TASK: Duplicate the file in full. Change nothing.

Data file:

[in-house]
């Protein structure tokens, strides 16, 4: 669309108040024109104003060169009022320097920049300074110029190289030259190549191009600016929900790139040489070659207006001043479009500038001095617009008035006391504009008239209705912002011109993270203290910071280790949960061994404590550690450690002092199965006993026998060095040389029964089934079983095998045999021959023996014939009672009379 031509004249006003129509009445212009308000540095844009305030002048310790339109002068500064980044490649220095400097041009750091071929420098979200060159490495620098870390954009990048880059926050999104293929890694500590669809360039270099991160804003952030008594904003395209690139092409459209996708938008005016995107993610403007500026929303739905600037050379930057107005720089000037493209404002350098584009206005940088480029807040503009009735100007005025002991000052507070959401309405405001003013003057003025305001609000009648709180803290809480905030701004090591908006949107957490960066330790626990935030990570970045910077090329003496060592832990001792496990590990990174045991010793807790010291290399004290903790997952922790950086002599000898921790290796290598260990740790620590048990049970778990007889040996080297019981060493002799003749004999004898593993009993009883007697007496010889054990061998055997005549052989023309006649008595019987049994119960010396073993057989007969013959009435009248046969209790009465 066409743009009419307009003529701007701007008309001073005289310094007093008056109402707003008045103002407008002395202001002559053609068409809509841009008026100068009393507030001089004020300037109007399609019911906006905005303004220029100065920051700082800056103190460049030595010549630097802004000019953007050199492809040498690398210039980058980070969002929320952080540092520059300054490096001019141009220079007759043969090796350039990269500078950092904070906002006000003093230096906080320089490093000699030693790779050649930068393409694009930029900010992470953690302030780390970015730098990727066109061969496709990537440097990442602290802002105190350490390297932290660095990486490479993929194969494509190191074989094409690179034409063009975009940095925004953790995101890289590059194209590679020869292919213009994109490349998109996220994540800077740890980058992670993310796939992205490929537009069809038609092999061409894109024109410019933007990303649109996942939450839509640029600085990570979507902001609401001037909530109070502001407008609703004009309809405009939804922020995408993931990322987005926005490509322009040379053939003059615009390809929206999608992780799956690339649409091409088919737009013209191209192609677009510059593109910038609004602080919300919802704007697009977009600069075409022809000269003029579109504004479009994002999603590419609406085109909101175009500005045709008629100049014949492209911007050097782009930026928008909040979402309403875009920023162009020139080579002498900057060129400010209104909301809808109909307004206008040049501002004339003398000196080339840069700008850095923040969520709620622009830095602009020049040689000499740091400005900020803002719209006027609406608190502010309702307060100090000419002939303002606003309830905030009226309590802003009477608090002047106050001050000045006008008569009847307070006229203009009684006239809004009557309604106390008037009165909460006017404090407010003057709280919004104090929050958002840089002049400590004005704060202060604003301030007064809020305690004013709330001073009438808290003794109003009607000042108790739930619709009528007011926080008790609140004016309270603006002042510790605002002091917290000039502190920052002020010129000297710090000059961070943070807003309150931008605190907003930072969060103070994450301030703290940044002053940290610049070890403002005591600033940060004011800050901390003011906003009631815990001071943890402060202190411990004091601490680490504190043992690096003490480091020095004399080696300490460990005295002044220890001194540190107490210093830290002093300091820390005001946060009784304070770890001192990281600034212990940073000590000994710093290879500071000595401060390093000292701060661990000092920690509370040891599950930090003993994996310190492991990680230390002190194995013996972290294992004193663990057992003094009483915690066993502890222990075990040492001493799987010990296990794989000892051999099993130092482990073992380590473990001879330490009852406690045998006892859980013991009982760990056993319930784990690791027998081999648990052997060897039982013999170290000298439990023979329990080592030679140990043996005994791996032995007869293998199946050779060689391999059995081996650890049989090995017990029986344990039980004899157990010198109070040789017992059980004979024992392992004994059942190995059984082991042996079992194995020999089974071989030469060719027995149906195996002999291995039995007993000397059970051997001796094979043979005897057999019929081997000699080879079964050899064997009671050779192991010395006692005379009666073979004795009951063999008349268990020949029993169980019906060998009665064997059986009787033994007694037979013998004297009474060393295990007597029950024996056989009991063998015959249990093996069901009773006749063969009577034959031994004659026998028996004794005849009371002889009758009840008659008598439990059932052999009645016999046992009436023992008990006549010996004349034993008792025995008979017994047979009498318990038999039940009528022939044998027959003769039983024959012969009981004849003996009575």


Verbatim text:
[in-house]
């Protein structure tokens, strides 16, 4: 669309108040024109104003060169009022320097920049300074110029190289030259190549191009600016929900790139040489070659207006001043479009500038001095617009008035006391504009008239209705912002011109993270203290910071280790949960061994404590550690450690002092199965006993026998060095040389029964089934079983095998045999021959023996014939009672009379 031509004249006003129509009445212009308000540095844009305030002048310790339109002068500064980044490649220095400097041009750091071929420098979200060159490495620098870390954009990048880059926050999104293929890694500590669809360039270099991160804003952030008594904003395209690139092409459209996708938008005016995107993610403007500026929303739905600037050379930057107005720089000037493209404002350098584009206005940088480029807040503009009735100007005025002991000052507070959401309405405001003013003057003025305001609000009648709180803290809480905030701004090591908006949107957490960066330790626990935030990570970045910077090329003496060592832990001792496990590990990174045991010793807790010291290399004290903790997952922790950086002599000898921790290796290598260990740790620590048990049970778990007889040996080297019981060493002799003749004999004898593993009993009883007697007496010889054990061998055997005549052989023309006649008595019987049994119960010396073993057989007969013959009435009248046969209790009465 066409743009009419307009003529701007701007008309001073005289310094007093008056109402707003008045103002407008002395202001002559053609068409809509841009008026100068009393507030001089004020300037109007399609019911906006905005303004220029100065920051700082800056103190460049030595010549630097802004000019953007050199492809040498690398210039980058980070969002929320952080540092520059300054490096001019141009220079007759043969090796350039990269500078950092904070906002006000003093230096906080320089490093000699030693790779050649930068393409694009930029900010992470953690302030780390970015730098990727066109061969496709990537440097990442602290802002105190350490390297932290660095990486490479993929194969494509190191074989094409690179034409063009975009940095925004953790995101890289590059194209590679020869292919213009994109490349998109996220994540800077740890980058992670993310796939992205490929537009069809038609092999061409894109024109410019933007990303649109996942939450839509640029600085990570979507902001609401001037909530109070502001407008609703004009309809405009939804922020995408993931990322987005926005490509322009040379053939003059615009390809929206999608992780799956690339649409091409088919737009013209191209192609677009510059593109910038609004602080919300919802704007697009977009600069075409022809000269003029579109504004479009994002999603590419609406085109909101175009500005045709008629100049014949492209911007050097782009930026928008909040979402309403875009920023162009020139080579002498900057060129400010209104909301809808109909307004206008040049501002004339003398000196080339840069700008850095923040969520709620622009830095602009020049040689000499740091400005900020803002719209006027609406608190502010309702307060100090000419002939303002606003309830905030009226309590802003009477608090002047106050001050000045006008008569009847307070006229203009009684006239809004009557309604106390008037009165909460006017404090407010003057709280919004104090929050958002840089002049400590004005704060202060604003301030007064809020305690004013709330001073009438808290003794109003009607000042108790739930619709009528007011926080008790609140004016309270603006002042510790605002002091917290000039502190920052002020010129000297710090000059961070943070807003309150931008605190907003930072969060103070994450301030703290940044002053940290610049070890403002005591600033940060004011800050901390003011906003009631815990001071943890402060202190411990004091601490680490504190043992690096003490480091020095004399080696300490460990005295002044220890001194540190107490210093830290002093300091820390005001946060009784304070770890001192990281600034212990940073000590000994710093290879500071000595401060390093000292701060661990000092920690509370040891599950930090003993994996310190492991990680230390002190194995013996972290294992004193663990057992003094009483915690066993502890222990075990040492001493799987010990296990794989000892051999099993130092482990073992380590473990001879330490009852406690045998006892859980013991009982760990056993319930784990690791027998081999648990052997060897039982013999170290000298439990023979329990080592030679140990043996005994791996032995007869293998199946050779060689391999059995081996650890049989090995017990029986344990039980004899157990010198109070040789017992059980004979024992392992004994059942190995059984082991042996079992194995020999089974071989030469060719027995149906195996002999291995039995007993000397059970051997001796094979043979005897057999019929081997000699080879079964050899064997009671050779192991010395006692005379009666073979004795009951063999008349268990020949029993169980019906060998009665064997059986009787033994007694037979013998004297009474060393295990007597029950024996056989009991063998015959249990093996069901009773006749063969009577034959031994004659026998028996004794005849009371002889009758009840008659008598439990059932052999009645016999046992009436023992008990006549010996004349034993008792025995008979017994047979009498318990038999039940009528022939044998027959003769039983024959012969009981004849003996009575």